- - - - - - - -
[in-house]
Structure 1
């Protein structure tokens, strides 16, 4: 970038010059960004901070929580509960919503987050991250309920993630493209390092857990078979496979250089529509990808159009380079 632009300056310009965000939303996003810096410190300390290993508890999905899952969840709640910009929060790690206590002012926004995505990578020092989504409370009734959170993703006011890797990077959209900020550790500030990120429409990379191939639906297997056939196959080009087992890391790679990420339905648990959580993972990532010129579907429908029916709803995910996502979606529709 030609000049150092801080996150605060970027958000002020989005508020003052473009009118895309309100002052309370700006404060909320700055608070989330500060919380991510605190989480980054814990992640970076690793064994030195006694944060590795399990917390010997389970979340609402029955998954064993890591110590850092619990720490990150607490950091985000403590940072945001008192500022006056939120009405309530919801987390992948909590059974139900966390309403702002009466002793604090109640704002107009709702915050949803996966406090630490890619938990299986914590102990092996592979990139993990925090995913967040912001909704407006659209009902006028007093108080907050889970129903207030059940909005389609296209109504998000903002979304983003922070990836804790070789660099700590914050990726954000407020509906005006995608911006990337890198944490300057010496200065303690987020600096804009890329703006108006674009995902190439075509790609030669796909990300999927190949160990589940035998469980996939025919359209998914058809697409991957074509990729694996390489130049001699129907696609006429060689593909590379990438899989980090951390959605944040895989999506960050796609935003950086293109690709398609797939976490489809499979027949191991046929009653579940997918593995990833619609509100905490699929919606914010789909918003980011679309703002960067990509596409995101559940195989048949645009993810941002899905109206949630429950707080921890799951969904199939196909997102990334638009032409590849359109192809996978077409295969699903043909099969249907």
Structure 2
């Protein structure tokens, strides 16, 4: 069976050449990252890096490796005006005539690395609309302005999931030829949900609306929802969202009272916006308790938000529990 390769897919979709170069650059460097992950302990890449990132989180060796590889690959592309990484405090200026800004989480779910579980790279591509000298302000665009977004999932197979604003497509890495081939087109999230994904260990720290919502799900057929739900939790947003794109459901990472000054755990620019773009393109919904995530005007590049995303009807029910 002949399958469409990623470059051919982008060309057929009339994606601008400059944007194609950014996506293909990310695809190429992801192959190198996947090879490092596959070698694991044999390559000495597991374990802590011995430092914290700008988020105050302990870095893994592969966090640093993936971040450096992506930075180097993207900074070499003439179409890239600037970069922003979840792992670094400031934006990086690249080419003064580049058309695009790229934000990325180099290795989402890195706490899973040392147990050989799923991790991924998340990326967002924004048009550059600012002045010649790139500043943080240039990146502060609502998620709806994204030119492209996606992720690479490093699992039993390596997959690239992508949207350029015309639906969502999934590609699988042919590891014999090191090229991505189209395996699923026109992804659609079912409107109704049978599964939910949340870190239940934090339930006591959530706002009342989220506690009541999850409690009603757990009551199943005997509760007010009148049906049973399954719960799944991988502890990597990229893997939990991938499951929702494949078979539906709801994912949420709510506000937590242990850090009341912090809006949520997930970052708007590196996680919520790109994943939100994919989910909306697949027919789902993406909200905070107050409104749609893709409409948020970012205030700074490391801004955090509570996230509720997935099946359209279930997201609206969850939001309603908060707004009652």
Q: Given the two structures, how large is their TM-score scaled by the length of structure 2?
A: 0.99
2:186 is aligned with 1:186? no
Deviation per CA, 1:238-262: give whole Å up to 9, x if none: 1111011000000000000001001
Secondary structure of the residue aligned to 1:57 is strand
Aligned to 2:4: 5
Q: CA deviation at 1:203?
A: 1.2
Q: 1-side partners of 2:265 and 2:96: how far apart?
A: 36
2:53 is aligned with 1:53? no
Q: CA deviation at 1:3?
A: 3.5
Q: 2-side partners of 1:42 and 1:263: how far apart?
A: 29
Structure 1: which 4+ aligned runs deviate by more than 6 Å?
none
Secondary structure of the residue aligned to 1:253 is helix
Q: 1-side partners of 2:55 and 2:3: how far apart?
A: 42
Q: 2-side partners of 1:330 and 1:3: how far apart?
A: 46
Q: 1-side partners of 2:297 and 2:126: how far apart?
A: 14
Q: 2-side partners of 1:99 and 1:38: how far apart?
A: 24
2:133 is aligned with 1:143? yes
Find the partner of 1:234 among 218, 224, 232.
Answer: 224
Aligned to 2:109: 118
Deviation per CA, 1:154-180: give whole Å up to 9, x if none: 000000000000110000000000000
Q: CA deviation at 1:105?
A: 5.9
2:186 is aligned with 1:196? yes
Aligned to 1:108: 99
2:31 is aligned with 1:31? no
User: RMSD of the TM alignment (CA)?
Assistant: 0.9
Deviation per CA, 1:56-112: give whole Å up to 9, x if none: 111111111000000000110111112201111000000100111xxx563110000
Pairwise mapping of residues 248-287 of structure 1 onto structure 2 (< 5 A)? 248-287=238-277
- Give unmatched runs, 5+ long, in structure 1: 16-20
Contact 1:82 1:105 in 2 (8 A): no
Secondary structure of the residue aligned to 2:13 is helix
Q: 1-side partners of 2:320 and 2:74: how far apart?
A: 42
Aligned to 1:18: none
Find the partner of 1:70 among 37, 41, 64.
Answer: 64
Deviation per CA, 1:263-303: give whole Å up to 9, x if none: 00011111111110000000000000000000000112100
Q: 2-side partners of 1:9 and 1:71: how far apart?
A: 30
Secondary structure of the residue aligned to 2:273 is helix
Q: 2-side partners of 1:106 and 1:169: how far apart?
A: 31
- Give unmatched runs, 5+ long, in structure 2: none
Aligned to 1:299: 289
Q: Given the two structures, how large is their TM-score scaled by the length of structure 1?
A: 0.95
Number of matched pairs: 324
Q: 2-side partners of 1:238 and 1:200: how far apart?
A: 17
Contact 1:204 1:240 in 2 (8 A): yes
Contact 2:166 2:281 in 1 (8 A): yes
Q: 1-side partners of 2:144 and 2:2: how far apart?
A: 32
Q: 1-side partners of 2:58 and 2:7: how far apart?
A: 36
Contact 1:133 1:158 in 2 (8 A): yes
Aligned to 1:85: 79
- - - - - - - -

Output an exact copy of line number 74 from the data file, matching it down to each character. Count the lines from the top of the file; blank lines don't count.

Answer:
Aligned to 1:85: 79